Not only does Jung follow a similar strategy in her elaborately-phrased journeys through the various scenarios of cultural implications, she also adds an additional layer of distortion: her associative word chains are running and dancing, ebbing and flowing, entering and leaving her body. It’s as if each object and its according articulation, produces a new layer of physical embodiment, which Sophie weaves into a lingual anatomy of her own: 

“Eye liner or bin liner 
Cruise liner or bruise, fine, her 
skin is that type, probably. 
{not the shrug. Avoid the shrug} 
or lie in her shadow and bask. 
Or ask: 
What HAS the world come to? 
Degrees are now bought
on ever upward sliding 
scales are scrubbed off. Their value is high and higher. 
It’s hot. There’s a bit of death around. 
I would agree to degree. I mean I am ok with 
Degreasonable measures: 
I accept that my wife need not keep her lights on when reading. 
One reads in ones head. 
I don’t accept that my boy can’t have his automo 
Bile and more bile. There is nothing left to throw up on the table. 
Vehiqually reasonable that a worker has to worker has to worker 
has to work her 
To the point of a shrug. 
That shrug.”

The nonlinear, erratic and fast-changing scenarios Sophie Jung describes in an attempt to create additional layers to an image or object, bear an unconventional mannerism that is worth examining under the umbrella of feminist linguistics: without a doubt, she pays homage to the liberation from linear, rationalised objectivity as half-heartedly championed by the enlightenment ghost as per Helen Cixous’ demand “women write yourselves”. Cixous’ main concern in “The Laugh of the Medusa” was to disturb the phallocentric tone of historical writers and male contemporaries, strongly encouraging women not to imitate such style, but instead to express themselves in their own languages through their own bodies, to form a more intimate and thus authentic connection with their physical subjectivity and extend that to their readers.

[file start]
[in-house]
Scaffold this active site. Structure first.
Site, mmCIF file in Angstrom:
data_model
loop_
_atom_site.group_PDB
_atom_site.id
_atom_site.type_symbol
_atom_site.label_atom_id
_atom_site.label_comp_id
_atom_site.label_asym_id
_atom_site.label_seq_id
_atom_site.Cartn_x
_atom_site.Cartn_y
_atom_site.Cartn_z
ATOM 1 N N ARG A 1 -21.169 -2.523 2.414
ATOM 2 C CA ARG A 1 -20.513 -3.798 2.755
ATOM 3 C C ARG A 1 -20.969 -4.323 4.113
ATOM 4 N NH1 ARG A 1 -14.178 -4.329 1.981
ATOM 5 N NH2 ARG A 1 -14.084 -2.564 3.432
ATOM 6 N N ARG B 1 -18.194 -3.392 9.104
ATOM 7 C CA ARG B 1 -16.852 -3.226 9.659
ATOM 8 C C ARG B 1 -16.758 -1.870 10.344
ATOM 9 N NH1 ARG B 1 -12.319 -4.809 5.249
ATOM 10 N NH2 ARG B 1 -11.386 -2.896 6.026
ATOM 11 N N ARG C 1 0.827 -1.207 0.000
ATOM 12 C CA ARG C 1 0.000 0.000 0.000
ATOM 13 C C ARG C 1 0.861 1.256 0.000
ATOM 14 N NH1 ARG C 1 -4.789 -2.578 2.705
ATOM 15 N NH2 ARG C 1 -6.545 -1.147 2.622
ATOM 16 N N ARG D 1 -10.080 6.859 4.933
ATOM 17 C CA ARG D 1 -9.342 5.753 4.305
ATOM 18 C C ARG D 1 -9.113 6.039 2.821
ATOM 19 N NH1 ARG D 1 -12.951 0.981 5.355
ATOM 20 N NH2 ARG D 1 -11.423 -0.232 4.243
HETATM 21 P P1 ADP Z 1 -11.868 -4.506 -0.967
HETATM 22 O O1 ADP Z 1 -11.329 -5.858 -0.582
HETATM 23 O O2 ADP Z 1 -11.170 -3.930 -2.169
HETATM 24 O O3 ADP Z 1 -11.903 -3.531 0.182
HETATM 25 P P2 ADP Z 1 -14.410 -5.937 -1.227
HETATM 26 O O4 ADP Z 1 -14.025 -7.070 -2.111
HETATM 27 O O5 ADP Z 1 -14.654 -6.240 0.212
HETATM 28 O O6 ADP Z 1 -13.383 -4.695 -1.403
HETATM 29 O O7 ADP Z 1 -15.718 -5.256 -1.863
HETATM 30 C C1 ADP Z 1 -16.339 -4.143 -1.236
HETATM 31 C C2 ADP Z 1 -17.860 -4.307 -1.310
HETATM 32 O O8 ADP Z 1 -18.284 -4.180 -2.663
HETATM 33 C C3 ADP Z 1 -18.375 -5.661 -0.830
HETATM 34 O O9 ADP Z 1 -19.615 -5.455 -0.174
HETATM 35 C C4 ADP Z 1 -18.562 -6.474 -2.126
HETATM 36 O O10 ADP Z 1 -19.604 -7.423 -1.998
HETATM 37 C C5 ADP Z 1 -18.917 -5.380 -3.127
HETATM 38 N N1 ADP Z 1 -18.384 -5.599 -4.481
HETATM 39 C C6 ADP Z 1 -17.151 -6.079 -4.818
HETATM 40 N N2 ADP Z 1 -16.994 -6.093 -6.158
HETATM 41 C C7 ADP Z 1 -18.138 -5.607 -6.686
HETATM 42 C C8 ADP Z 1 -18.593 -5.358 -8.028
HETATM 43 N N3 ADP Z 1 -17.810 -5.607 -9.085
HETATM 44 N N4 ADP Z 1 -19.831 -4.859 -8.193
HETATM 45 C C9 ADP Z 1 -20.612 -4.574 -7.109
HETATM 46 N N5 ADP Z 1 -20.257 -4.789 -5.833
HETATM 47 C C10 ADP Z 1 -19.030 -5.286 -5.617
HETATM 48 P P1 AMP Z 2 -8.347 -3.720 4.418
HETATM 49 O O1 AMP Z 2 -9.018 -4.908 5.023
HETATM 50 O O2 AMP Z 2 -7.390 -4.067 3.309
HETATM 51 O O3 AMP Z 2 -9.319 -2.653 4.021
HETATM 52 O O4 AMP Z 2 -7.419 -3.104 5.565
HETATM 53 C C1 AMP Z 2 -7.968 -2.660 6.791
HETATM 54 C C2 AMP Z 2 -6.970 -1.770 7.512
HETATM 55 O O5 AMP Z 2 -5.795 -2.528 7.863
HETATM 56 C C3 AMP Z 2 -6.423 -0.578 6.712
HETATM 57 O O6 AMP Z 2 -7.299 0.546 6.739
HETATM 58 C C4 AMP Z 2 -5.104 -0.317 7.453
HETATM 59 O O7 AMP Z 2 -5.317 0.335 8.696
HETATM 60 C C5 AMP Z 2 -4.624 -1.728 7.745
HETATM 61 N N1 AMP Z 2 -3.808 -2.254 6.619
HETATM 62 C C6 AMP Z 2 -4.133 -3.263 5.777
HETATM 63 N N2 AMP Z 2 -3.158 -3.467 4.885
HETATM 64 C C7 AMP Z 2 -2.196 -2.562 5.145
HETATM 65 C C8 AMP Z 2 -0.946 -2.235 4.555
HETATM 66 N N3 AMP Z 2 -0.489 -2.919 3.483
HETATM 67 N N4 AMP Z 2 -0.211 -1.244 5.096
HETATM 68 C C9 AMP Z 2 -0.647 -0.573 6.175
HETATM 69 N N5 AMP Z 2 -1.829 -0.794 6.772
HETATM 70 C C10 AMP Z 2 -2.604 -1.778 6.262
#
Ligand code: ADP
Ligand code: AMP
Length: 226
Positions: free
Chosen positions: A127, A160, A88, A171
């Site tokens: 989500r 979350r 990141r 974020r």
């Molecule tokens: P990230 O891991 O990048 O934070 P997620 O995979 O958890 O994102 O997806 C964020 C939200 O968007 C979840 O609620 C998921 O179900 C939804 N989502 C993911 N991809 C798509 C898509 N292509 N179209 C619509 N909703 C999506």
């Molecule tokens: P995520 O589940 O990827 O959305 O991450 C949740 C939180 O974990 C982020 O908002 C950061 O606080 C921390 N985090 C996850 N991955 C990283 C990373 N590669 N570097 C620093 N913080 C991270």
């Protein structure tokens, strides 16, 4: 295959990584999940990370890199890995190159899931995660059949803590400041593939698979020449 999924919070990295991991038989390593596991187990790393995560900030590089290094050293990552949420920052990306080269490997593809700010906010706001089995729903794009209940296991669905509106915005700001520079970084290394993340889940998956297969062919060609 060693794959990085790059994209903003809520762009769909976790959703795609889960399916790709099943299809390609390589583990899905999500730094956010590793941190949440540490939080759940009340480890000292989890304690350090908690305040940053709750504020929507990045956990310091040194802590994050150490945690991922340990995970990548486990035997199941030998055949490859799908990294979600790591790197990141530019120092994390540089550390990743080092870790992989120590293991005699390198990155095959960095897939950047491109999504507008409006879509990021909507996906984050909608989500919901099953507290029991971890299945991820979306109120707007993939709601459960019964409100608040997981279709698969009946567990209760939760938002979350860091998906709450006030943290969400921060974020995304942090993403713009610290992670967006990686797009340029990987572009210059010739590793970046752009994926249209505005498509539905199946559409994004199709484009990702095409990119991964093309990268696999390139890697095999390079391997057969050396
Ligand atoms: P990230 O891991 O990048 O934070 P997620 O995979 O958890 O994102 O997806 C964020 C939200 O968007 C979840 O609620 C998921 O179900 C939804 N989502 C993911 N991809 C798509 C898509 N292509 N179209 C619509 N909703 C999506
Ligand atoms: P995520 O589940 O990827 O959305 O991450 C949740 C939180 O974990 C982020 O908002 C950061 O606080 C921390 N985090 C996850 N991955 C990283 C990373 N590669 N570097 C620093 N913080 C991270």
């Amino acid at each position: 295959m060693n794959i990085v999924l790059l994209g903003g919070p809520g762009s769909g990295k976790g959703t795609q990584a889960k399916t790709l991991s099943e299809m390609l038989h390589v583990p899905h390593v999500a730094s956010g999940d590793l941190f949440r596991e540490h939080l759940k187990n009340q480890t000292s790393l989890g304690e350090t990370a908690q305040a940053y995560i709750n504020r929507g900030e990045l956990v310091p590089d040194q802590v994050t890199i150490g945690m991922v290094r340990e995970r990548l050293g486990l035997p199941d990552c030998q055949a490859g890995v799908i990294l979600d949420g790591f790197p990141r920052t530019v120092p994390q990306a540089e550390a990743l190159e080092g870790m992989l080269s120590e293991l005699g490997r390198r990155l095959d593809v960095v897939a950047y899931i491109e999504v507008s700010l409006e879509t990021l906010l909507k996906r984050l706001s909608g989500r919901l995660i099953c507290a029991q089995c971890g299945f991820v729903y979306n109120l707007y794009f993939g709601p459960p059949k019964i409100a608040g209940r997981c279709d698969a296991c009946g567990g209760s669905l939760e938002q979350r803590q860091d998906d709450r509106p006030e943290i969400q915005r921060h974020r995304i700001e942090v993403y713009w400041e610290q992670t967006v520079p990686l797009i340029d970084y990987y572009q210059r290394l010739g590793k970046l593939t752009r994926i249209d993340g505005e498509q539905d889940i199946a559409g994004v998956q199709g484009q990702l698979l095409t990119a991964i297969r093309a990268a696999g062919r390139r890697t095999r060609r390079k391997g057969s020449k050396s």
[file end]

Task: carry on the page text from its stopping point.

Jung not only actively stands against a patriarchal “making of sense” in her semantic agenda, but she also resonates the richness of her artistic discourse through body language, which pays an equal witness to the empowered imperative highlighted above. Roused, perhaps by an active, physical analysis of what’s surrounding her, Jung seems to expose a preference to doing so in her prioritisation of bodysuits, or costumes that play with aspects of the nude. This penchant for a visual amplification of what’s spoken mirrors her rhythmic throbbing of speech in an appropriate physique. And it is this physical methodology that marks the implications of a word, not from an analytical, associative, painterly, or interpretive point of view, but from a physiological one. It is a reminder that a word, no matter its implications, is produced in the human body as a result of neurological transmitters and vocal outputs.